Journal Article

Short-Term Clinical Disease Progression in HIV-Infected Patients Receiving Combination Antiretroviral Therapy: Results from the TREAT Asia HIV Observational Database

Preeyaporn Srasuebkul, Poh Lian Lim, Man Po Lee, Nagalingeswaran Kumarasamy, Jialun Zhou, Thira Sirisanthana, Patrick C. K. Li, Adeeba Kamarulzaman, Shinichi Oka, Praphan Phanuphak, Saphonn Vonthanak, Tuti P. Merati, Yi-Ming A. Chen, Somnuek Sungkanuparph, Goa Tau, Fujie Zhang, Christopher K. C. Lee, Rossana Ditangco, Sanjay Pujari, Jun Y. Choi, Jeffery Smith and Matthew G. Law

in Clinical Infectious Diseases

Published on behalf of Infectious Diseases Society of America

Volume 48, issue 7, pages 940-950
Published in print April 2009 | ISSN: 1058-4838
Published online April 2009 | e-ISSN: 1537-6591 | DOI: http://dx.doi.org/10.1086/597354
Short-Term Clinical Disease Progression in HIV-Infected Patients Receiving Combination Antiretroviral Therapy: Results from the TREAT Asia HIV Observational Database

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Objective. The aim of our study was to develop, on the basis of simple clinical data, predictive short-term risk equations for AIDS or death in Asian patients infected with human immunodeficiency virus (HIV) who were included in the TREAT Asia HIV Observational Database.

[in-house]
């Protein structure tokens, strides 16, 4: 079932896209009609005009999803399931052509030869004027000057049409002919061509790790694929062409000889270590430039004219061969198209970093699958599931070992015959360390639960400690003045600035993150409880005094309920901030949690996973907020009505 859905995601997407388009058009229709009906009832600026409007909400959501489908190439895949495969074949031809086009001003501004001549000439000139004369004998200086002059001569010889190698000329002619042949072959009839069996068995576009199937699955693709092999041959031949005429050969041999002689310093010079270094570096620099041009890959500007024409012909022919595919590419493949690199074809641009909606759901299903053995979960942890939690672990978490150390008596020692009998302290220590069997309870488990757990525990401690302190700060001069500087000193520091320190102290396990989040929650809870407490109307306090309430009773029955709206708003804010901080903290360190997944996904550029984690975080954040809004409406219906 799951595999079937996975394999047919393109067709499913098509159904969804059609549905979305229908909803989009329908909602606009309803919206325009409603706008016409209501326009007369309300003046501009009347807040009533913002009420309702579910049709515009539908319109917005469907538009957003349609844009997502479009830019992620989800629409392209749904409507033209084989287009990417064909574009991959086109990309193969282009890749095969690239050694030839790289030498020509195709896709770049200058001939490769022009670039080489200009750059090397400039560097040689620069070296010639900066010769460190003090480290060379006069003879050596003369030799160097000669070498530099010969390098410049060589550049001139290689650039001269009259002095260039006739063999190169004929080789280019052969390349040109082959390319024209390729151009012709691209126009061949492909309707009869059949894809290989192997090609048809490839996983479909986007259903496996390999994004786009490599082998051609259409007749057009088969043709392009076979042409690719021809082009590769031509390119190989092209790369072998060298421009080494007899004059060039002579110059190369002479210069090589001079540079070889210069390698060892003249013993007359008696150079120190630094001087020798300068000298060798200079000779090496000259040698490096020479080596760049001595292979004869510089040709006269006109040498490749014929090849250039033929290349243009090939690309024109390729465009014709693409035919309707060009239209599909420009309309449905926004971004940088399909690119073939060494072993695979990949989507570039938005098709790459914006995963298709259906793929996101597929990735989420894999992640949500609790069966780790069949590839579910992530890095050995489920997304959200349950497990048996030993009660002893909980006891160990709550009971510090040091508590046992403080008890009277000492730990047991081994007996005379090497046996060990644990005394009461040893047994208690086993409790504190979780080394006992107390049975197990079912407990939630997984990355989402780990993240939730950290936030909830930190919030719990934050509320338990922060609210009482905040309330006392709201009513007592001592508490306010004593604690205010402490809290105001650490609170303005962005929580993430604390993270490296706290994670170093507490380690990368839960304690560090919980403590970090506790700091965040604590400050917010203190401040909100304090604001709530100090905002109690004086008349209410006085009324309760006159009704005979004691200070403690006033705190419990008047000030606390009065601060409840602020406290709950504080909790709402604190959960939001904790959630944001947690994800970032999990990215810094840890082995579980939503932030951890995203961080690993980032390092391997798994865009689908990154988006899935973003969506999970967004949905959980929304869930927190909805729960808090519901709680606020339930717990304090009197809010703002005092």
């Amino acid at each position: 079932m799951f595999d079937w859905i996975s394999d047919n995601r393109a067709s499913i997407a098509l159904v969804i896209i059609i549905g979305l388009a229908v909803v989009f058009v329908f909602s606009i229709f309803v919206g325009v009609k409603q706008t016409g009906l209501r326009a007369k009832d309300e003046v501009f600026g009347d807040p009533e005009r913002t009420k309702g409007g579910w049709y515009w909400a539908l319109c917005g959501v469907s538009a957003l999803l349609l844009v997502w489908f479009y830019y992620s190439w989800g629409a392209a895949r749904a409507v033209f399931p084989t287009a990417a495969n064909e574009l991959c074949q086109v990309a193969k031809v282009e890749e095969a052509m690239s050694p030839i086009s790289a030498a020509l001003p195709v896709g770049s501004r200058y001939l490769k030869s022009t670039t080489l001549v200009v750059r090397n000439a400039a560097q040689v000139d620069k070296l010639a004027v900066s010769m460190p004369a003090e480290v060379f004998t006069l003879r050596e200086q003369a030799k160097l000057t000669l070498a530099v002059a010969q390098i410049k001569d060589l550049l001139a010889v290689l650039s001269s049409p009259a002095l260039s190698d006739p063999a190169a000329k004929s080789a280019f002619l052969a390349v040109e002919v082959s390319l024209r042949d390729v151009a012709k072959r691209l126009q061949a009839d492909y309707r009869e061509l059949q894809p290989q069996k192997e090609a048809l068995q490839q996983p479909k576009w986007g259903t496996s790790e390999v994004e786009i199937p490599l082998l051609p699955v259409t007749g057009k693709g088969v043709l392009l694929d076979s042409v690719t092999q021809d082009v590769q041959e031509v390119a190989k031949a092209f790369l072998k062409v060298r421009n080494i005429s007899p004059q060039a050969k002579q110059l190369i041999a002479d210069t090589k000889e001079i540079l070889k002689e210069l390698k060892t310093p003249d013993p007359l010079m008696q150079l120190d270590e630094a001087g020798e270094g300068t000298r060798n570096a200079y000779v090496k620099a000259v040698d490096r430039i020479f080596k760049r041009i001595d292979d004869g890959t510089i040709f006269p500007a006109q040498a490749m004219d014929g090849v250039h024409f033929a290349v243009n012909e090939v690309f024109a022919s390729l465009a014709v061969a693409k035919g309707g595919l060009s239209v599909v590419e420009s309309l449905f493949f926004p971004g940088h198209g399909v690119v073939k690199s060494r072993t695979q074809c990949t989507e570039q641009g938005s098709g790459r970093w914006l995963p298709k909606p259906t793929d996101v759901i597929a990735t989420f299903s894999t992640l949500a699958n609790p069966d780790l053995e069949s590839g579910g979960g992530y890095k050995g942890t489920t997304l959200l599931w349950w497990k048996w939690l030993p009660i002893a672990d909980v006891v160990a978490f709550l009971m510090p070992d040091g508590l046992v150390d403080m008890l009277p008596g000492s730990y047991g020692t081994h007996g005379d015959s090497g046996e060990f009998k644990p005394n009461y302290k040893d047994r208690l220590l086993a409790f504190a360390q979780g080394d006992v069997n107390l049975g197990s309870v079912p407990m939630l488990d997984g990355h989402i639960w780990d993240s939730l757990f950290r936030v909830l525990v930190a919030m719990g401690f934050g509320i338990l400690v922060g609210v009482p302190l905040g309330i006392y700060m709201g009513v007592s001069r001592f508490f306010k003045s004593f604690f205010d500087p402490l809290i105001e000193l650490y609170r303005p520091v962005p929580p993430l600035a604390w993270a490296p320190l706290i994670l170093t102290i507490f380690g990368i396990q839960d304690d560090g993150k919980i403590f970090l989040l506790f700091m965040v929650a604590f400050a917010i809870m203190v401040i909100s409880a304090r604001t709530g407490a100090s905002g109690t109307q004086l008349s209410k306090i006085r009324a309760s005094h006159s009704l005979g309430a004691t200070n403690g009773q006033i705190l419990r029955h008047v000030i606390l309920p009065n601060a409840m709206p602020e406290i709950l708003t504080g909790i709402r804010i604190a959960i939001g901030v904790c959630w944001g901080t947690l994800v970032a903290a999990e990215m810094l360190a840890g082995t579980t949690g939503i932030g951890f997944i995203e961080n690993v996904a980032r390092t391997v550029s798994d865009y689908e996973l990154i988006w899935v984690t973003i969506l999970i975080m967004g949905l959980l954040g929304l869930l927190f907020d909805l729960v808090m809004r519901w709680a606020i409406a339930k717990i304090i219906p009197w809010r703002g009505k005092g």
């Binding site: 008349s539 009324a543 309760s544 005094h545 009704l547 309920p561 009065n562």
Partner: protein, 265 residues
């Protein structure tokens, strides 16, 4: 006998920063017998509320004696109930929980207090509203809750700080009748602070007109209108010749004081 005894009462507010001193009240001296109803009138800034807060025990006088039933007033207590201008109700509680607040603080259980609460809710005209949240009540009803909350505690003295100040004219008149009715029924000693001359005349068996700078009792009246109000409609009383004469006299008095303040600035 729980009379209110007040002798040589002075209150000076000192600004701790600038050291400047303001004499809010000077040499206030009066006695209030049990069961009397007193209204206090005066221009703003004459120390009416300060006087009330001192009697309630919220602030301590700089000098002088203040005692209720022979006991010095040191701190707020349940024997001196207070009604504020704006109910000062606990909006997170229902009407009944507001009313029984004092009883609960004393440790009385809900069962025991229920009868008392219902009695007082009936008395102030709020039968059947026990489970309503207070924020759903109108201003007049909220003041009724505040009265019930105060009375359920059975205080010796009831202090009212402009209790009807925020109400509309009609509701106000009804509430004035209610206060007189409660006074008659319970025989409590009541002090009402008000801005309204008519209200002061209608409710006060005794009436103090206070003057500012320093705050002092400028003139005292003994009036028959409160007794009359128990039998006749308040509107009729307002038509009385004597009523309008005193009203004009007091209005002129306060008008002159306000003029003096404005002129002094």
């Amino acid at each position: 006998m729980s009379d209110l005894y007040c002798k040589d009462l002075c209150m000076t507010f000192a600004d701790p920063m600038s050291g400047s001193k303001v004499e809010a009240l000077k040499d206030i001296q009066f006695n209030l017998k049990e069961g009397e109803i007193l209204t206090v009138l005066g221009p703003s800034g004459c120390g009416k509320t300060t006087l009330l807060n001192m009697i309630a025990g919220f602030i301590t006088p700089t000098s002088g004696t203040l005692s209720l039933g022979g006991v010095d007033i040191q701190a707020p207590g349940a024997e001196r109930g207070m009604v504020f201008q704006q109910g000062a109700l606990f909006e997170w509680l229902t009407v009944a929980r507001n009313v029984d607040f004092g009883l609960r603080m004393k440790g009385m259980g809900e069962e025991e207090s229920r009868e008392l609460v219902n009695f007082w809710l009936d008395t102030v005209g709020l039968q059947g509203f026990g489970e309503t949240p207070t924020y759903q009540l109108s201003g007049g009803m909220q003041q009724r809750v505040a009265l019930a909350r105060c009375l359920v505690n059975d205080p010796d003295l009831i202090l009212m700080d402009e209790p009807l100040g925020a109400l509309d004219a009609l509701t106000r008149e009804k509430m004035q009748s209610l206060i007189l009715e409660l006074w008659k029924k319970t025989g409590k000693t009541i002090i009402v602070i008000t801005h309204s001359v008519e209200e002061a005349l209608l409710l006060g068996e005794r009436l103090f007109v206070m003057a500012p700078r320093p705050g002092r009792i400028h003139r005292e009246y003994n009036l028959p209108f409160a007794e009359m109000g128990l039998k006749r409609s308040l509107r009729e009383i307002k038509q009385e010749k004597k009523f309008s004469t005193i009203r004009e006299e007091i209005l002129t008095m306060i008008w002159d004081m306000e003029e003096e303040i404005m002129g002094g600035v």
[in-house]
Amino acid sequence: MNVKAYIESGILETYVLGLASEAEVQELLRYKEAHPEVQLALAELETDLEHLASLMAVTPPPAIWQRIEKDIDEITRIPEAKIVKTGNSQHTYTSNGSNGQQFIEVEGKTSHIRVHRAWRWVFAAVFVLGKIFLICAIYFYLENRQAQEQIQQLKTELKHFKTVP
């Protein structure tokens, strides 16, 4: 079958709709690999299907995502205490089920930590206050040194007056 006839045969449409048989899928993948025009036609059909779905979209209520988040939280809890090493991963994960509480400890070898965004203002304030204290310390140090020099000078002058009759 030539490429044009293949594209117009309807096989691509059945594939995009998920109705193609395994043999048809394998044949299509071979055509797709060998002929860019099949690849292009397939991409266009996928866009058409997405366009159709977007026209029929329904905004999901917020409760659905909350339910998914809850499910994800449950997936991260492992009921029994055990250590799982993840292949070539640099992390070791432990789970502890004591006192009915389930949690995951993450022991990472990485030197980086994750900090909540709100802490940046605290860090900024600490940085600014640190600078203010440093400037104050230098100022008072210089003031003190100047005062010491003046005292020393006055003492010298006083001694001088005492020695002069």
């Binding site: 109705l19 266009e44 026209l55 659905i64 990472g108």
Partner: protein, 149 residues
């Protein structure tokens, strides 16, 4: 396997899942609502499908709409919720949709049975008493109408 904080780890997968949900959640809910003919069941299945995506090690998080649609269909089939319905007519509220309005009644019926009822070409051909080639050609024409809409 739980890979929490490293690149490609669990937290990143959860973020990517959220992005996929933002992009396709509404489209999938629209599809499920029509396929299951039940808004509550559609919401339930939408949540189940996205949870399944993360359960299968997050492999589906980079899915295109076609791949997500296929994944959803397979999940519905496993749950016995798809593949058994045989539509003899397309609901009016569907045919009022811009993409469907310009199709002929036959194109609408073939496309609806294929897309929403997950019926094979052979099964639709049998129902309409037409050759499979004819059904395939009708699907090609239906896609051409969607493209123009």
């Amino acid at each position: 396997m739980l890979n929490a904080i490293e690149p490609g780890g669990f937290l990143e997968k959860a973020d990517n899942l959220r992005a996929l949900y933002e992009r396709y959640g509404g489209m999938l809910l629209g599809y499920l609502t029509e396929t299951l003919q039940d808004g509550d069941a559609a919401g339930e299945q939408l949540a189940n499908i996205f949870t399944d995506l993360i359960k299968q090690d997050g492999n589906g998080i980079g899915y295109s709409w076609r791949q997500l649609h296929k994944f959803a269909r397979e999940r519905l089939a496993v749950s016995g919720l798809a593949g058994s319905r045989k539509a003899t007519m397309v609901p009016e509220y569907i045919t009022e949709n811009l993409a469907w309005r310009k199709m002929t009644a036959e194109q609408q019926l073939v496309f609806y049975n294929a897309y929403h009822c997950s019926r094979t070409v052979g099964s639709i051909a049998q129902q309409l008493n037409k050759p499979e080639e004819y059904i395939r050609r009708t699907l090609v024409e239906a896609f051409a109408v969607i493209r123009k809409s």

Methods. Inclusion criteria were highly active antiretroviral therapy initiation and completion of required laboratory tests. Predictors of short-term AIDS or death were assessed using Poisson regression. Three different models were developed: a clinical model, a CD4 cell count model, and a CD4 cell count and HIV RNA level model. We separated patients into low-risk, high-risk, and very high-risk groups according to the key risk factors identified.

Results. In the clinical model, patients with severe anemia or a body mass index (BMI; calculated as the weight in kilograms divided by the square of the height in meters) ⩽18 were at very high risk, and patients who were aged <40 years or were male and had mild anemia were at high risk. In the CD4 cell count model, patients with a CD4 cell count <50 cells/µL, severe anemia, or a BMI ⩽18 were at very high risk, and patients who had a CD4 cell count of 51–200 cells/µL, were aged <40 years, or were male and had mild anemia were at high risk. In the CD4 cell count and HIV RNA level model, patients with a CD4 cell count <50 cells/µL, a detectable viral load, severe anemia, or a BMI ⩽18 were at very high risk, and patients with a CD4 cell count of 51–200 cells/µL and mild anemia were at high risk. The incidence of new AIDS or death in the clinical model was 1.3, 4.9, and 15.6 events per 100 person-years in the low-risk, high-risk, and very high-risk groups, respectively. In the CD4 cell count model the respective incidences were 0.9, 2.7, and 16.02 events per 100 person-years; in the CD4 cell count and HIV RNA level model, the respective incidences were 0.8, 1.8, and 6.2 events per 100 person-years.

Conclusions. These models are simple enough for widespread use in busy clinics and should allow clinicians to identify patients who are at high risk of AIDS or death in Asia and the Pacific region and in resource-poor settings.

Journal Article.  4845 words.  Illustrated.

Subjects: Infectious Diseases ; Immunology ; Public Health and Epidemiology ; Microbiology

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